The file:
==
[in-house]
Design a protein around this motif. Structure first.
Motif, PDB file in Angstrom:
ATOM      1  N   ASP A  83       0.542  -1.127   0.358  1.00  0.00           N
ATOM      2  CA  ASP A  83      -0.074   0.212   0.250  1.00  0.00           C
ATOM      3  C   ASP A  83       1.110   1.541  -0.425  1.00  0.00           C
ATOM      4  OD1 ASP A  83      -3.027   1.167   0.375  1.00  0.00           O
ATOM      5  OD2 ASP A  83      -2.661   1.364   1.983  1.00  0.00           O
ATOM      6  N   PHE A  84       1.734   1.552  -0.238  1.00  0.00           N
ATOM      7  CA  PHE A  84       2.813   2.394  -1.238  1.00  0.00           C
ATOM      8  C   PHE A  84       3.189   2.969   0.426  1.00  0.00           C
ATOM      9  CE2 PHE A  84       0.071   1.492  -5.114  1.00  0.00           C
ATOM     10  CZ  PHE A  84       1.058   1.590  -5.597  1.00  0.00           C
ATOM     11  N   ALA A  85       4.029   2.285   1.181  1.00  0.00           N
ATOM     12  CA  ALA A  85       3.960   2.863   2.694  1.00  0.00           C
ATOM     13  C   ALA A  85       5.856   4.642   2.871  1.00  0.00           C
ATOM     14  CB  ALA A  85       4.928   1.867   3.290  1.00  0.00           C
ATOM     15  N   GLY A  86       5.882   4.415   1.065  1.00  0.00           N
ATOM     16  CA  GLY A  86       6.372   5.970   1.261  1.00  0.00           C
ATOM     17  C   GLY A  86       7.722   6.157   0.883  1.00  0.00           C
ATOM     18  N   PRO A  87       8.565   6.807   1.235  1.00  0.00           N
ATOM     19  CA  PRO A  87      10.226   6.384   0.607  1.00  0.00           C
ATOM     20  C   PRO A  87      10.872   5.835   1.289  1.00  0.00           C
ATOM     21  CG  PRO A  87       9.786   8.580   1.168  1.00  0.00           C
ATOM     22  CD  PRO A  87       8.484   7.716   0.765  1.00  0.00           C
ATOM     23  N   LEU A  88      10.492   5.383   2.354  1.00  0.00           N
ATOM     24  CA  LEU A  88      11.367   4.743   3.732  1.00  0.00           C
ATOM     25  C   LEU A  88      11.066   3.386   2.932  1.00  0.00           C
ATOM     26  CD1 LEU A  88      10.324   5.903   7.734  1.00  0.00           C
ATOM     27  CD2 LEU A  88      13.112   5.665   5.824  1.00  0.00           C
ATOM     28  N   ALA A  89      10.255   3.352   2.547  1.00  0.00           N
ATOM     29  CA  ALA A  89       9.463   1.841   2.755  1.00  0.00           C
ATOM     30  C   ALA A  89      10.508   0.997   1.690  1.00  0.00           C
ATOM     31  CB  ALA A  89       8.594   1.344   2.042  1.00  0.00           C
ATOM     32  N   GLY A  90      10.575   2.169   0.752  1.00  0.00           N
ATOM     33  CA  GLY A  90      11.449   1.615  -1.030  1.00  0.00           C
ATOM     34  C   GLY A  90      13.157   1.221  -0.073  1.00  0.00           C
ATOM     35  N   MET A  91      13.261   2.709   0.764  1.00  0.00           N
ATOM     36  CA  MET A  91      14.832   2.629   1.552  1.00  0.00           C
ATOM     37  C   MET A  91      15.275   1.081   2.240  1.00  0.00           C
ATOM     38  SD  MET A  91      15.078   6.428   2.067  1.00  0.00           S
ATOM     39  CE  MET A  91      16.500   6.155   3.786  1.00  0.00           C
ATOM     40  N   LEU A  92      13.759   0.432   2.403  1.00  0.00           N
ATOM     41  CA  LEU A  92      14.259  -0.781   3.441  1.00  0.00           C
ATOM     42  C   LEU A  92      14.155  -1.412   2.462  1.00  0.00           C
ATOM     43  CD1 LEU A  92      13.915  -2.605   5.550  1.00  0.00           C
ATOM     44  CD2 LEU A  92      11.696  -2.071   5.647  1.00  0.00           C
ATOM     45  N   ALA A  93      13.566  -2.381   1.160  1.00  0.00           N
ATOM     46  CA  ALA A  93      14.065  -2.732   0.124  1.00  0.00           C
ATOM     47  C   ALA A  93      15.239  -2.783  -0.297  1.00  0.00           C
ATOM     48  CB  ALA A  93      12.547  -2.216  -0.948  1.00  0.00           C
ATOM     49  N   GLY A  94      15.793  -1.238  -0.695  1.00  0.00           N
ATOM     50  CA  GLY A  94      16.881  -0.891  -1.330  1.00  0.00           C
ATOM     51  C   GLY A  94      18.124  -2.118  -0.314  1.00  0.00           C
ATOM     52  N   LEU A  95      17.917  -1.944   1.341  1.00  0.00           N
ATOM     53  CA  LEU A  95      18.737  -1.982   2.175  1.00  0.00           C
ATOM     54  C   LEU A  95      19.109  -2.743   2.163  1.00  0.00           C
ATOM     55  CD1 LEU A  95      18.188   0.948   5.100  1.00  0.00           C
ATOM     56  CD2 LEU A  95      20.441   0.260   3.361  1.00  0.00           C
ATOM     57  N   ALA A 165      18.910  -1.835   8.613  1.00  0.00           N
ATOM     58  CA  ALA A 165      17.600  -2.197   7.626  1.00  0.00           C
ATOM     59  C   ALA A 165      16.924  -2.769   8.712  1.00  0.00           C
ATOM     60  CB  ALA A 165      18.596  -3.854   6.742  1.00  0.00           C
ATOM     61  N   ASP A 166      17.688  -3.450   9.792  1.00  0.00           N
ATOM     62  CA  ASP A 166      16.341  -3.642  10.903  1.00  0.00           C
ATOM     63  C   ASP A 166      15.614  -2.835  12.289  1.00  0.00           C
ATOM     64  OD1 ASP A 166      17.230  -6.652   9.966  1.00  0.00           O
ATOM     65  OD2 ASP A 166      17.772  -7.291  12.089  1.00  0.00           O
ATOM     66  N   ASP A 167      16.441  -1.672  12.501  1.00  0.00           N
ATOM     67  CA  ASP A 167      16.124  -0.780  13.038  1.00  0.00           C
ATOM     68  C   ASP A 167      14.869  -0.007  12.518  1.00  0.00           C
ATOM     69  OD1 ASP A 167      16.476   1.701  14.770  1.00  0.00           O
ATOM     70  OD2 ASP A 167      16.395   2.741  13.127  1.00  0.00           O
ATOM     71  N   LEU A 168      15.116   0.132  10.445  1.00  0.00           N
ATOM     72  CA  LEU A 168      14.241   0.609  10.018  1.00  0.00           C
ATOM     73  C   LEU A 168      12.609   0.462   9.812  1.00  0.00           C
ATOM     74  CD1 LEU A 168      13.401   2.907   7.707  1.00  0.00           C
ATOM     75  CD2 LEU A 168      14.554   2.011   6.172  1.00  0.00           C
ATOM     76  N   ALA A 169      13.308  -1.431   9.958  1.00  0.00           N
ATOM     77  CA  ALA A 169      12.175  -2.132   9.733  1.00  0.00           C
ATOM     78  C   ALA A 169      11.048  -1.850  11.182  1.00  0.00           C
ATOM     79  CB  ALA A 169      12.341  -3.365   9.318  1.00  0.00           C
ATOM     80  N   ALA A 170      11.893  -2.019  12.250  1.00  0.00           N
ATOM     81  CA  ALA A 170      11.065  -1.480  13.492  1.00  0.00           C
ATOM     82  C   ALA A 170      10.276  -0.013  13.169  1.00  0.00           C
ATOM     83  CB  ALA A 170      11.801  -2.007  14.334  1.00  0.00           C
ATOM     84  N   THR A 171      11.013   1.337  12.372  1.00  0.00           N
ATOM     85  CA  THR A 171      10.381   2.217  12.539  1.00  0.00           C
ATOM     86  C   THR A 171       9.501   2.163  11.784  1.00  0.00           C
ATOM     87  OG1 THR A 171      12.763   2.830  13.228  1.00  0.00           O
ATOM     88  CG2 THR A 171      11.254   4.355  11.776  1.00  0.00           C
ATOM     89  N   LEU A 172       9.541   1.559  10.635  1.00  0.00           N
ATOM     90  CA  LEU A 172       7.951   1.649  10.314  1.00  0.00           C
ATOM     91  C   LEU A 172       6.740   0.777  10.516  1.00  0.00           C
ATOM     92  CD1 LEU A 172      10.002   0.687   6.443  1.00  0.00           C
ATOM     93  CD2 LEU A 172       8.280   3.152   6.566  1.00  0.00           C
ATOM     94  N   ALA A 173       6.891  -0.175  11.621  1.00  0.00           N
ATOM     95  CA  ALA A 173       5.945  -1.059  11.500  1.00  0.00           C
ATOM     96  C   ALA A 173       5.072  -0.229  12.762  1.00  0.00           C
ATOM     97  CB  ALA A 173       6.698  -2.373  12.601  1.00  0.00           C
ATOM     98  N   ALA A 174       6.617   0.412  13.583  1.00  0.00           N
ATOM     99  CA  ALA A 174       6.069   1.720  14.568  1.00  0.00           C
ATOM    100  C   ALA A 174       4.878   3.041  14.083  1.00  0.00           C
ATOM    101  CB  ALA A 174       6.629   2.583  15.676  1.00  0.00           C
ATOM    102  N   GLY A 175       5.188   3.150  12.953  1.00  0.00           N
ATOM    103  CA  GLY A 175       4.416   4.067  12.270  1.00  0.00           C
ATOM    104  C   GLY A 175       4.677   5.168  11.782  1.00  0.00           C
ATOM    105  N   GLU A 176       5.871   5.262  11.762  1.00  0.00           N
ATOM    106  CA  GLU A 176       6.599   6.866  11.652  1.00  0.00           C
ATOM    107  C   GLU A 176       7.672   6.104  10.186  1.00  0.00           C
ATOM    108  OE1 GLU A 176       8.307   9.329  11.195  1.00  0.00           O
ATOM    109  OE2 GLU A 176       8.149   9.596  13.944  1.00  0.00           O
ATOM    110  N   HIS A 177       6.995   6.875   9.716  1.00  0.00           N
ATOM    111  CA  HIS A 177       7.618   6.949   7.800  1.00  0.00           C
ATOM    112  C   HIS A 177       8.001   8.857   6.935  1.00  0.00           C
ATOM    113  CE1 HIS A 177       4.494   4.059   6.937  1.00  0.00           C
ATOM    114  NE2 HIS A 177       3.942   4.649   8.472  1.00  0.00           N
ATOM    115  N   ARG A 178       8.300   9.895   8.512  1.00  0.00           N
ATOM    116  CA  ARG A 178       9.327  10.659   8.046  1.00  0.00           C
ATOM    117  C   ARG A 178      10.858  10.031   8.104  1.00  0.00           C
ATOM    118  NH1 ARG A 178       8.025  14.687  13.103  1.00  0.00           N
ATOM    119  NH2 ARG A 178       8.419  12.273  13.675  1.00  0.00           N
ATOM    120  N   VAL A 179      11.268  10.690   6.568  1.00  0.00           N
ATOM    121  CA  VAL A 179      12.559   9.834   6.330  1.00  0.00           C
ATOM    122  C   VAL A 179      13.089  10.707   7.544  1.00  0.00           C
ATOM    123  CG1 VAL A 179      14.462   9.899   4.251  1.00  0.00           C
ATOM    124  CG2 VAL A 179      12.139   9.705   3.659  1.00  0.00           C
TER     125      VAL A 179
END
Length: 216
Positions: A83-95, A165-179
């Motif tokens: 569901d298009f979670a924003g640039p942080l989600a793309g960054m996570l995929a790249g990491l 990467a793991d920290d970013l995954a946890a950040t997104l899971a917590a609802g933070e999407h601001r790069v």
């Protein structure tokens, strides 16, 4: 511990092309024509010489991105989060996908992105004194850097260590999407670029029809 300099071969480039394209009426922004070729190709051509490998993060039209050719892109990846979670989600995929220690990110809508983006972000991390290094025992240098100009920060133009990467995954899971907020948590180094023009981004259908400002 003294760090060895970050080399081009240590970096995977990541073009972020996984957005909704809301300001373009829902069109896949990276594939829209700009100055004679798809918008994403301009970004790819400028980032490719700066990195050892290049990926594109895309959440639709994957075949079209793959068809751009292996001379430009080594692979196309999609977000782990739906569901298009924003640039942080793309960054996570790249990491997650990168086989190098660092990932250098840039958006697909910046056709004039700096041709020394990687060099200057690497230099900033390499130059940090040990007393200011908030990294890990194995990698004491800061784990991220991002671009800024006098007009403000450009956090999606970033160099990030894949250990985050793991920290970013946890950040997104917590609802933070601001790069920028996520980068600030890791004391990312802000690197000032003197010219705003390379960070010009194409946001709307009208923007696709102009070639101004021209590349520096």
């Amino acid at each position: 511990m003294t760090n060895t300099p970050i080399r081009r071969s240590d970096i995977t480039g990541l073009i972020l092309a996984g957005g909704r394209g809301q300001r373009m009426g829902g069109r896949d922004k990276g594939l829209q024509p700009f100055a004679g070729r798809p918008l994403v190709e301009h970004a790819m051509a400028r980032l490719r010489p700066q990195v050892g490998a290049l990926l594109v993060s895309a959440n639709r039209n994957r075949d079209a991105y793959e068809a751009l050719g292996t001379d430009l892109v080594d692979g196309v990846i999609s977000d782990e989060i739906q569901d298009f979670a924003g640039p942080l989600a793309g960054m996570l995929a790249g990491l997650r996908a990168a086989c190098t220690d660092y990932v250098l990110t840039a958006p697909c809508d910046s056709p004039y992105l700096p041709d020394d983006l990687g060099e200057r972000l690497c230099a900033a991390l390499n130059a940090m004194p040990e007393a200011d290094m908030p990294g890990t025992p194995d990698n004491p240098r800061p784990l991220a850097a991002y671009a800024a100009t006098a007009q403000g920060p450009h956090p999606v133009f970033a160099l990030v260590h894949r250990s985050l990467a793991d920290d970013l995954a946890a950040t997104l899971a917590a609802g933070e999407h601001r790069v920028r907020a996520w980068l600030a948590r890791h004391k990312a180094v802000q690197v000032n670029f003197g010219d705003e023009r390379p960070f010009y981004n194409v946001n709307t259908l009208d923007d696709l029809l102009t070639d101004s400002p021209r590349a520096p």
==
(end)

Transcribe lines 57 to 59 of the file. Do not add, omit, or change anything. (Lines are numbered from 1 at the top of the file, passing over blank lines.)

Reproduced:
ATOM     54  C   LEU A  95      19.109  -2.743   2.163  1.00  0.00           C
ATOM     55  CD1 LEU A  95      18.188   0.948   5.100  1.00  0.00           C
ATOM     56  CD2 LEU A  95      20.441   0.260   3.361  1.00  0.00           C